The dark is not a problem for sharks because they have night vision. It’s unlikley that other fish have night vision so sharks are fascinating and lucky.

Year 4 child

At the end of the lesson, the teachers shared what they would focus on the next day. The children were going to:

  • concentrate on using conjunctions
  • undertake some self checks of the work they had already completed
  • work with a peer to help them upgrade at least one word or sentence.

Years 5 and 6 writers

Children in Years 5 and 6 participated in many of the same writing activities and self assessments as those in Years 3 and 4. However, they were able to

confidently engage with all parts of the non fiction writing process in groups and independently. Recently, children had used the process to investigate their chosen topics and write speeches to practise persuasive writing. Children had presented speeches about topics such as banning zoos, dangerous dogs and poultry farms; saving endangered species; and the damage plastic caused. Their teacher had selected the topic they were to read and write about, because of the high numbers of children who were interested in the impacts of plastic. They used an article from DOGOnews about Rotterdam’s Picturesque floating park.

The lesson ERO observed occurred on the second day the children had engaged with the content. The day before, they had each contributed to a glossary of complex terms and key words identifying the Rotterdam article in bold. Each child had read the article, researched one of the words and then written a simple definition that was then distributed to each child. The children were well supported so they could fully understand what they were expected to write about. The teacher shared a blank graphic organiser that outlined the task. The children identified and highlighted key words (as shown below), and then suggested, refined and agreed the wording for two focus questions that would help them complete the task. The questions were also recorded in the graphic organiser.


Rotterdam's picturesque floating market park is built entirely from recycled plastic waste

Using evidence from the text, discuss the advantages of using plastic waste to create a floating park.

Question:

What was the process taken when using plastic waste to create floating park?

Notes: 

  • First plastic waste is captured

Question:

What are the advantages?

Notes:

  • 100,000 marine animals choked/ suffocated every year being saved
  • Dutch environmentalists devised a way to capture plastic waste before it reaches the open sea

The process children used next helped them fully engage with the text and order their own ideas into paragraphs. The teacher asked the children to read the first paragraph of the article and share facts that might answer the questions in their own words. They highlighted key words, rather than whole sentences, to make sure they thought deeply about the text. When they shared a fact they were asked to decide which of the two questions the fact would answer. The first three facts were recorded on the graphic organiser and then the children filled in more of their own facts independently as they read more paragraphs. The teacher reminded them to use their own filters to make sure their key facts actually answered the questions and ignored aspects not related to the specific questions. The children explained that this not only helped them stick to the relevant facts, but also helped them order their paragraphs. The notes in each cell usually formed one paragraph and the question usually helped them write a topic sentence. They also pointed out that this, and learning about topic sentences, had helped them organise their ideas and paragraphs in their creative writing.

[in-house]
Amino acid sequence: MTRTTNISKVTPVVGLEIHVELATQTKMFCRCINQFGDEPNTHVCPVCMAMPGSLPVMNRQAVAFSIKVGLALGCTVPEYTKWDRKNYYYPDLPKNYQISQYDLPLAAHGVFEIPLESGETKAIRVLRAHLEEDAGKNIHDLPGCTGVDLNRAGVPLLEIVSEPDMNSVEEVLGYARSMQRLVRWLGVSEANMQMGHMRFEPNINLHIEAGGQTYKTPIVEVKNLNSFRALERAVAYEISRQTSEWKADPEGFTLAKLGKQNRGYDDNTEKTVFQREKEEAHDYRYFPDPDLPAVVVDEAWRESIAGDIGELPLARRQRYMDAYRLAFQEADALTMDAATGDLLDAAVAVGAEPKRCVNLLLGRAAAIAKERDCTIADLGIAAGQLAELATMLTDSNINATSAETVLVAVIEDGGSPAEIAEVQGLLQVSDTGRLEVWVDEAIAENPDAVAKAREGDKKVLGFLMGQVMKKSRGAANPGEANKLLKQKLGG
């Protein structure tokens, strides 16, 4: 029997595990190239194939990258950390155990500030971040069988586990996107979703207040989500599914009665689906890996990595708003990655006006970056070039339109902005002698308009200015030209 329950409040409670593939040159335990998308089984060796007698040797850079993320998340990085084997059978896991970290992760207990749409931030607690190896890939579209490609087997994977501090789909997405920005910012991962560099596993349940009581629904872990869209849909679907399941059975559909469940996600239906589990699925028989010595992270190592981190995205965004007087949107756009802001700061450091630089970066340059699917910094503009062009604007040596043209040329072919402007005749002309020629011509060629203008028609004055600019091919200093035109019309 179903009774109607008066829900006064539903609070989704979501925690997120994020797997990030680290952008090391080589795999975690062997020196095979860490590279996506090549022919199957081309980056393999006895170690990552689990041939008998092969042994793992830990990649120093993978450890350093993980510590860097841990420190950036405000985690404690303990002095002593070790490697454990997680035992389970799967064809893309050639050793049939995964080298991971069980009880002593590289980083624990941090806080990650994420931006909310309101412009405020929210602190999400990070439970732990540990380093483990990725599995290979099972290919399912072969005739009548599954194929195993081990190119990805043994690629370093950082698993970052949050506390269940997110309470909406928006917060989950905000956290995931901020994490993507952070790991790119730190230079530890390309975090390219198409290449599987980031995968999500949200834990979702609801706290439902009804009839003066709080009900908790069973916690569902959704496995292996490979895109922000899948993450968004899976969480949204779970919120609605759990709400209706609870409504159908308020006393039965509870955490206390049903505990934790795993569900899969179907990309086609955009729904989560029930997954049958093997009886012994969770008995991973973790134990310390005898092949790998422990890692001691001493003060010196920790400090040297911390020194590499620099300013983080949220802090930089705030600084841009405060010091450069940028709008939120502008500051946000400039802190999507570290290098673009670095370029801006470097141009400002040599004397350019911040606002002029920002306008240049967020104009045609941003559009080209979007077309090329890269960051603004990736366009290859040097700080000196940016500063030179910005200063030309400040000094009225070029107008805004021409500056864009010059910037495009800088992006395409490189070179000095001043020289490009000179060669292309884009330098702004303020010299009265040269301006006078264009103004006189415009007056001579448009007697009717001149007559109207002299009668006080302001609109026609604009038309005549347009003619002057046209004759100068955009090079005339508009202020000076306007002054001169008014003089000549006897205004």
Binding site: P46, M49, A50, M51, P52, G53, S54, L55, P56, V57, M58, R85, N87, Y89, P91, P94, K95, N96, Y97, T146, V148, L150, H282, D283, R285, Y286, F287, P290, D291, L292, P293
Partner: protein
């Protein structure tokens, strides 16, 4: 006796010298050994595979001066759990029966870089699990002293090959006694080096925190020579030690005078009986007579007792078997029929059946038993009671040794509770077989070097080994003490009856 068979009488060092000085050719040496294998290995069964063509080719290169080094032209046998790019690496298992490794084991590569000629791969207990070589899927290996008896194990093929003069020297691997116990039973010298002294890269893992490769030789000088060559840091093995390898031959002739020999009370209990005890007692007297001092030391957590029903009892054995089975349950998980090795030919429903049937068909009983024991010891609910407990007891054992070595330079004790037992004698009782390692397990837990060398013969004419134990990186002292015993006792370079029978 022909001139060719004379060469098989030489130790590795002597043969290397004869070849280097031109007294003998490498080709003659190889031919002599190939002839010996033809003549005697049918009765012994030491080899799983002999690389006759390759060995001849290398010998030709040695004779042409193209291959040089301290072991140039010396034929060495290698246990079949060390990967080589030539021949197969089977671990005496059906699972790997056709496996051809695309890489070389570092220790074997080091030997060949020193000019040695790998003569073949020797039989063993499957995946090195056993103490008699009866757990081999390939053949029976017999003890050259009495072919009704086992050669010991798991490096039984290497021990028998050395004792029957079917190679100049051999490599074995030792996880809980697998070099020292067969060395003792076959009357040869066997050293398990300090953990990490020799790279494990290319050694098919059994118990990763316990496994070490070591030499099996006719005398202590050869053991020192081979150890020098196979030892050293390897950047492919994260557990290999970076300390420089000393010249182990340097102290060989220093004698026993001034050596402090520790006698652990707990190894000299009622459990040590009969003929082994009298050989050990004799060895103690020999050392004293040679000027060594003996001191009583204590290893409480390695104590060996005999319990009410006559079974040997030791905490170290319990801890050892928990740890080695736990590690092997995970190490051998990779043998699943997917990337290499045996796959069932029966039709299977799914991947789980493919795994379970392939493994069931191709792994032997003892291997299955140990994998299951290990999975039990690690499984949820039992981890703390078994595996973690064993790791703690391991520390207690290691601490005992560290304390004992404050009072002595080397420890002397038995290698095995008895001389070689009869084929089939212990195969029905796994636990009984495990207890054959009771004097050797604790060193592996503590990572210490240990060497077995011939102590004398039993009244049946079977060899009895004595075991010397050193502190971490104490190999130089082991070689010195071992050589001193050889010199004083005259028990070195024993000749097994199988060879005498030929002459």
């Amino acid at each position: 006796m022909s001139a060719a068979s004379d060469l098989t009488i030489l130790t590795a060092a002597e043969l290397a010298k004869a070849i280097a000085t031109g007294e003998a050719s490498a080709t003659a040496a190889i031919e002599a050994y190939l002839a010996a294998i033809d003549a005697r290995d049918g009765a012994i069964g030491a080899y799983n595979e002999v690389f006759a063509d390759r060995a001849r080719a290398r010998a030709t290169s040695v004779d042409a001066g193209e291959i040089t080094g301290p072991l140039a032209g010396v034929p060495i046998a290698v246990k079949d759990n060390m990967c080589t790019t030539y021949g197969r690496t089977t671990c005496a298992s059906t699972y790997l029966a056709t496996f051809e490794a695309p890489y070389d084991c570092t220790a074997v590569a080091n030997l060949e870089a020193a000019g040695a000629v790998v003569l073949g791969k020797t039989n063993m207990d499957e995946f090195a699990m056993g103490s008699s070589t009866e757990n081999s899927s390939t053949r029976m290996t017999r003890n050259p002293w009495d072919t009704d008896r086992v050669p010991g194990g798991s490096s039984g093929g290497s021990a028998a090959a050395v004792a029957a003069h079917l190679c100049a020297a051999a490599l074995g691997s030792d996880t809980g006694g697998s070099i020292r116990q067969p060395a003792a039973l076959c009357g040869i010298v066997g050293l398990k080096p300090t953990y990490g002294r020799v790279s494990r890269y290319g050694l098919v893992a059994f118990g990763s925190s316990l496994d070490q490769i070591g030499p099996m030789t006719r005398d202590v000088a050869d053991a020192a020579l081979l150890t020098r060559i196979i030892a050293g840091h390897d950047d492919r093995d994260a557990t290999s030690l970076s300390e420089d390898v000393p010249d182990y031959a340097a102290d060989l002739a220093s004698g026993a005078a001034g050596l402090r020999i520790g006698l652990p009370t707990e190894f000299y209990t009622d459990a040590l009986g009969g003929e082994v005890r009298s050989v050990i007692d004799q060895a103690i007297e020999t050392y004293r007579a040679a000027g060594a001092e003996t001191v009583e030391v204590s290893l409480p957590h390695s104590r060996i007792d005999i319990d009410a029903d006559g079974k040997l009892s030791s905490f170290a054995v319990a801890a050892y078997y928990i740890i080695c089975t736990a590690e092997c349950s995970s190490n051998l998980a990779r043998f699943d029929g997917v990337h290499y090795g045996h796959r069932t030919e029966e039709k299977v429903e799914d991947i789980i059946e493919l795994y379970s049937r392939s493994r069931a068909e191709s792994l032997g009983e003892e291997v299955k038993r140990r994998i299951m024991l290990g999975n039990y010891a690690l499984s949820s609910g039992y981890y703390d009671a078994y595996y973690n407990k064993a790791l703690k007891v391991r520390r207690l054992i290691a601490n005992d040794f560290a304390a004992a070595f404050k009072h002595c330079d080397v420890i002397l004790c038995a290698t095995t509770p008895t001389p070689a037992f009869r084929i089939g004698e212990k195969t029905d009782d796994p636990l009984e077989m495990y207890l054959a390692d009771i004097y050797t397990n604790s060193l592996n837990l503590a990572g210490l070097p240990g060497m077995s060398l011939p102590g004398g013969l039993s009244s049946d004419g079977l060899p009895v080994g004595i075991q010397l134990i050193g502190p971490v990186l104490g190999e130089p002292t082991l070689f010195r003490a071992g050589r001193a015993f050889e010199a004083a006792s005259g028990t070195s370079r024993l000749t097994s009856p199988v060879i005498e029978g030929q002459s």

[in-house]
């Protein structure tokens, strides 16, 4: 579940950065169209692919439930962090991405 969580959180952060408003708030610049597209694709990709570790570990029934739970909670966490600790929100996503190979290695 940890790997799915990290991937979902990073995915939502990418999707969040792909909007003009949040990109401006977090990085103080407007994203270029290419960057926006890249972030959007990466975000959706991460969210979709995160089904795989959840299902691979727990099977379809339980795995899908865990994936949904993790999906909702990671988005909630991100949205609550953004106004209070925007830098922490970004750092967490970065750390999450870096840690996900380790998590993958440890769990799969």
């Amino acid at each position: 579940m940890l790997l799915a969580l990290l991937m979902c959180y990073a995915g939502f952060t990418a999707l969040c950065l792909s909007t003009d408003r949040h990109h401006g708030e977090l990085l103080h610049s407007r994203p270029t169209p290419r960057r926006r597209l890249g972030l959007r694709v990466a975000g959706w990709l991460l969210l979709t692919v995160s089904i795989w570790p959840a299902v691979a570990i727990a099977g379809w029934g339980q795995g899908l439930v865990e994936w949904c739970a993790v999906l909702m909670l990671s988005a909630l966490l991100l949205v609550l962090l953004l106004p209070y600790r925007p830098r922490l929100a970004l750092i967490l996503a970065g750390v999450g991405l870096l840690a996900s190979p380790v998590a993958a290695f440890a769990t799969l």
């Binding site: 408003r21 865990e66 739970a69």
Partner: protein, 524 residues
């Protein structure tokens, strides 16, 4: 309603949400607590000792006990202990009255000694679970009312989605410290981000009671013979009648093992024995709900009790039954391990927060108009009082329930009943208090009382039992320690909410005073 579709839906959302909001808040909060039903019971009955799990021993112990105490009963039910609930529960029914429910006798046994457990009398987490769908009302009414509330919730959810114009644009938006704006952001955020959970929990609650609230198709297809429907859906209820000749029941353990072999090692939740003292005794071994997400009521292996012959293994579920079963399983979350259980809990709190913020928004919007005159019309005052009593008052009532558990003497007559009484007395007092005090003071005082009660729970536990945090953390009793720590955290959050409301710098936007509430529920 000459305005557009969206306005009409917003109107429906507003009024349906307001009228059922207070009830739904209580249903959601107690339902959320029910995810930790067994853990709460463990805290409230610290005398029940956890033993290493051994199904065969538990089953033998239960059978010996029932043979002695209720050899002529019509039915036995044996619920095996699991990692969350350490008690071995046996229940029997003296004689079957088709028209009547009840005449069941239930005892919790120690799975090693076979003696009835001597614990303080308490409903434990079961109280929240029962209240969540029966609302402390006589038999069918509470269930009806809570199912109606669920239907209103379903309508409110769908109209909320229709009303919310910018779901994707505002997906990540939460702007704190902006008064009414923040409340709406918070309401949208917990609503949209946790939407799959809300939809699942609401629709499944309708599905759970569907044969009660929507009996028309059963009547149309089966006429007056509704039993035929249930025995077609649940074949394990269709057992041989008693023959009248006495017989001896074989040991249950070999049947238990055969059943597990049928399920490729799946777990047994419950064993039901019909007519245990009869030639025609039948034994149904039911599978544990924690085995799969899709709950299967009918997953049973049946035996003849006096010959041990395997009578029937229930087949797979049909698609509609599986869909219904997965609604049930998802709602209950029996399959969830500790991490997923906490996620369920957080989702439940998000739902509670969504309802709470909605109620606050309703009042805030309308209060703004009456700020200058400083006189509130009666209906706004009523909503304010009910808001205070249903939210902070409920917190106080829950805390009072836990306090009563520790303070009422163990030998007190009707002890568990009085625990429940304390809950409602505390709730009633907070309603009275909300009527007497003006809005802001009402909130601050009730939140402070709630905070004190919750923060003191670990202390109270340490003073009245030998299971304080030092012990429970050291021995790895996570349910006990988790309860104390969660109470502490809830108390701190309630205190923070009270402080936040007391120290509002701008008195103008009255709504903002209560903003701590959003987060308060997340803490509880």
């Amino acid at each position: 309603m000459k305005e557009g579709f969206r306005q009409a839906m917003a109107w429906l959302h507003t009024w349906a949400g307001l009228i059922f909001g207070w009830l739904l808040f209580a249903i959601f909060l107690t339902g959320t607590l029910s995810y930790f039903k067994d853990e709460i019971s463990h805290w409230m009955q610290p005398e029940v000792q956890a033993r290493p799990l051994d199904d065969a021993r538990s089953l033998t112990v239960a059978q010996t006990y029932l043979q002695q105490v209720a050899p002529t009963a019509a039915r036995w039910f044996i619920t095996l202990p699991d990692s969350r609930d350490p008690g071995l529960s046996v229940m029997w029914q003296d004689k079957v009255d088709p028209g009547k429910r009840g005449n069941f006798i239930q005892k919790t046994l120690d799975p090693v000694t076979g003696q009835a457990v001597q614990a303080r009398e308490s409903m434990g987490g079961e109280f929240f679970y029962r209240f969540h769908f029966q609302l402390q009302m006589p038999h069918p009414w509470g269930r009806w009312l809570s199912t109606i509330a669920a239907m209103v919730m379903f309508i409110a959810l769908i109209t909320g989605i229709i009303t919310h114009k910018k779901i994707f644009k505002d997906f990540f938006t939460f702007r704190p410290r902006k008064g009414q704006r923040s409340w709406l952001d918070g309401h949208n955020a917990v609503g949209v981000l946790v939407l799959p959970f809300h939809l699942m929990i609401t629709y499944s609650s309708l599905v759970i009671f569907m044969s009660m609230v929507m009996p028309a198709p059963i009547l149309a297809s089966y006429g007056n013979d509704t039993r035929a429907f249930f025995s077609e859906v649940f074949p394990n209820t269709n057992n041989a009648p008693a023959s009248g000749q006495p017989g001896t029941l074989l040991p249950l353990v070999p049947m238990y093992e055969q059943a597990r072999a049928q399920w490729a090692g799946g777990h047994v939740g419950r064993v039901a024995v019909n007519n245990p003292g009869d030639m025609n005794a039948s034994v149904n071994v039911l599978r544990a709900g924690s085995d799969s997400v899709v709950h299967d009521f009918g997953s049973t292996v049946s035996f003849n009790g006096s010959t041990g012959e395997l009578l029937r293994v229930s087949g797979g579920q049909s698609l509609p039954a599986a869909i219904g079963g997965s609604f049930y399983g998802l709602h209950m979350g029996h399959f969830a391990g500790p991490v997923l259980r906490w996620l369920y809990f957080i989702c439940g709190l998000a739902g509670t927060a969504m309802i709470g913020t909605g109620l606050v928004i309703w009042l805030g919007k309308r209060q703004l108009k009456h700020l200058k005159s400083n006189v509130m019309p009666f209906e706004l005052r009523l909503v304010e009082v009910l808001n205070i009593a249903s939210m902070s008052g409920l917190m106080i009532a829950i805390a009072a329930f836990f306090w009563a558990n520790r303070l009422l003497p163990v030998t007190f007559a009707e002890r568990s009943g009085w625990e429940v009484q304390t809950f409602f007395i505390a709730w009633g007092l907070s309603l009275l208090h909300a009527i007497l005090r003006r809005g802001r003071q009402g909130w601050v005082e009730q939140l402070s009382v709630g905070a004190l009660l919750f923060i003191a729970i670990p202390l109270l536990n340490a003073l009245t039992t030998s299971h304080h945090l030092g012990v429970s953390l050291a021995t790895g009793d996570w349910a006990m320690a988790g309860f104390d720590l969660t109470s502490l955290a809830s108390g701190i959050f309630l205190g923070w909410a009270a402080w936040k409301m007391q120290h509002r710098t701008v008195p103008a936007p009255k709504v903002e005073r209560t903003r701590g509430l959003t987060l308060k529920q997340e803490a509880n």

The next day’s lesson was to involve children in:

  • creating a topic sentence
  • discussing the order of their notes for a paragraph
  • modelling, discussing and recording notes into full sentences
  • discussing linking of sentences to the sentence before
  • writing paragraphs.

Benefits of the process

Leaders identified considerably increased enthusiasm for writing particularly from the boys, and concluded that having the structure helped them decide what to write.

They have the security of knowing where they are heading and what they can do to get there.

Leader

The children wrote about contexts interesting to them. Teachers acknowledged that while the topics were often highly interesting to the boys, they were just as appealing to the girls. Engaging in the texts, videos and discussions helped children practise applying different writing skills through contexts they knew a lot about. They were not blocked by trying to work out what to write about. Instead they could practise using conjunctions, interesting sentence starters, and many other learning intentions by writing about contexts they understood. Teachers also acknowledged the children were developing high-quality research and writing skills they would confidently use in their future education and learning.